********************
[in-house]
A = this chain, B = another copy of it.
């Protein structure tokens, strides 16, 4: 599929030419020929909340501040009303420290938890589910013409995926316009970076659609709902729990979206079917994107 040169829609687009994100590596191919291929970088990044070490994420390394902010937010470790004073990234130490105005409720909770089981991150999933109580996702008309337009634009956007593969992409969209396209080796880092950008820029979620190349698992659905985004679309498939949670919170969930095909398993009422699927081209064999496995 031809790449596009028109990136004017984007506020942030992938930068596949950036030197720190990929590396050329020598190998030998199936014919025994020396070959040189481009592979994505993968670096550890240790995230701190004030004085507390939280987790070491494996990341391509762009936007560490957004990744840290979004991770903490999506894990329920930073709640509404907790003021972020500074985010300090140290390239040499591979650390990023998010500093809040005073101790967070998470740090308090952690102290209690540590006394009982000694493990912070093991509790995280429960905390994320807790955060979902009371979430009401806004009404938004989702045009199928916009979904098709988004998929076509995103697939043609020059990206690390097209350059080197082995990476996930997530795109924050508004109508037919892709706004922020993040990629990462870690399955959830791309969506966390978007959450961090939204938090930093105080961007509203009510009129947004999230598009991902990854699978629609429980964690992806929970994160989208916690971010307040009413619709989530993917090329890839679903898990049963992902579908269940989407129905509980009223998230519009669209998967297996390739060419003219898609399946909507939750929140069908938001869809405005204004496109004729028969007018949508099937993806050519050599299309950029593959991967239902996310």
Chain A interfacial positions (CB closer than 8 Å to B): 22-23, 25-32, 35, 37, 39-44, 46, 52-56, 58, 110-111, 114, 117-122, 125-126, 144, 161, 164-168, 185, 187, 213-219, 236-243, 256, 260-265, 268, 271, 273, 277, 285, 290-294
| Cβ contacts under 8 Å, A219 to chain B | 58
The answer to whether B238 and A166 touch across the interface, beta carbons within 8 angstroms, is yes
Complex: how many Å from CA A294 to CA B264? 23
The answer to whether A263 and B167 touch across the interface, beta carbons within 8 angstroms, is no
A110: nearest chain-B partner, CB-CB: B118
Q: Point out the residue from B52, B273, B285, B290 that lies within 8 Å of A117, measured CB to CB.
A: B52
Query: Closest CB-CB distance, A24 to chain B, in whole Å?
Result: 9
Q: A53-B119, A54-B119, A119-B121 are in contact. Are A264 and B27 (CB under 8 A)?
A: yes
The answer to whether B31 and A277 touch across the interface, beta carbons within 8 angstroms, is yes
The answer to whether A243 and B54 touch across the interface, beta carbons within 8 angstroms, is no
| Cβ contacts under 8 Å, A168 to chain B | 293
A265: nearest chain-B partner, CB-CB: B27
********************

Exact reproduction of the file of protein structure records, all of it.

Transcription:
[in-house]
A = this chain, B = another copy of it.
């Protein structure tokens, strides 16, 4: 599929030419020929909340501040009303420290938890589910013409995926316009970076659609709902729990979206079917994107 040169829609687009994100590596191919291929970088990044070490994420390394902010937010470790004073990234130490105005409720909770089981991150999933109580996702008309337009634009956007593969992409969209396209080796880092950008820029979620190349698992659905985004679309498939949670919170969930095909398993009422699927081209064999496995 031809790449596009028109990136004017984007506020942030992938930068596949950036030197720190990929590396050329020598190998030998199936014919025994020396070959040189481009592979994505993968670096550890240790995230701190004030004085507390939280987790070491494996990341391509762009936007560490957004990744840290979004991770903490999506894990329920930073709640509404907790003021972020500074985010300090140290390239040499591979650390990023998010500093809040005073101790967070998470740090308090952690102290209690540590006394009982000694493990912070093991509790995280429960905390994320807790955060979902009371979430009401806004009404938004989702045009199928916009979904098709988004998929076509995103697939043609020059990206690390097209350059080197082995990476996930997530795109924050508004109508037919892709706004922020993040990629990462870690399955959830791309969506966390978007959450961090939204938090930093105080961007509203009510009129947004999230598009991902990854699978629609429980964690992806929970994160989208916690971010307040009413619709989530993917090329890839679903898990049963992902579908269940989407129905509980009223998230519009669209998967297996390739060419003219898609399946909507939750929140069908938001869809405005204004496109004729028969007018949508099937993806050519050599299309950029593959991967239902996310």
Chain A interfacial positions (CB closer than 8 Å to B): 22-23, 25-32, 35, 37, 39-44, 46, 52-56, 58, 110-111, 114, 117-122, 125-126, 144, 161, 164-168, 185, 187, 213-219, 236-243, 256, 260-265, 268, 271, 273, 277, 285, 290-294
| Cβ contacts under 8 Å, A219 to chain B | 58
The answer to whether B238 and A166 touch across the interface, beta carbons within 8 angstroms, is yes
Complex: how many Å from CA A294 to CA B264? 23
The answer to whether A263 and B167 touch across the interface, beta carbons within 8 angstroms, is no
A110: nearest chain-B partner, CB-CB: B118
Q: Point out the residue from B52, B273, B285, B290 that lies within 8 Å of A117, measured CB to CB.
A: B52
Query: Closest CB-CB distance, A24 to chain B, in whole Å?
Result: 9
Q: A53-B119, A54-B119, A119-B121 are in contact. Are A264 and B27 (CB under 8 A)?
A: yes
The answer to whether B31 and A277 touch across the interface, beta carbons within 8 angstroms, is yes
The answer to whether A243 and B54 touch across the interface, beta carbons within 8 angstroms, is no
| Cβ contacts under 8 Å, A168 to chain B | 293
A265: nearest chain-B partner, CB-CB: B27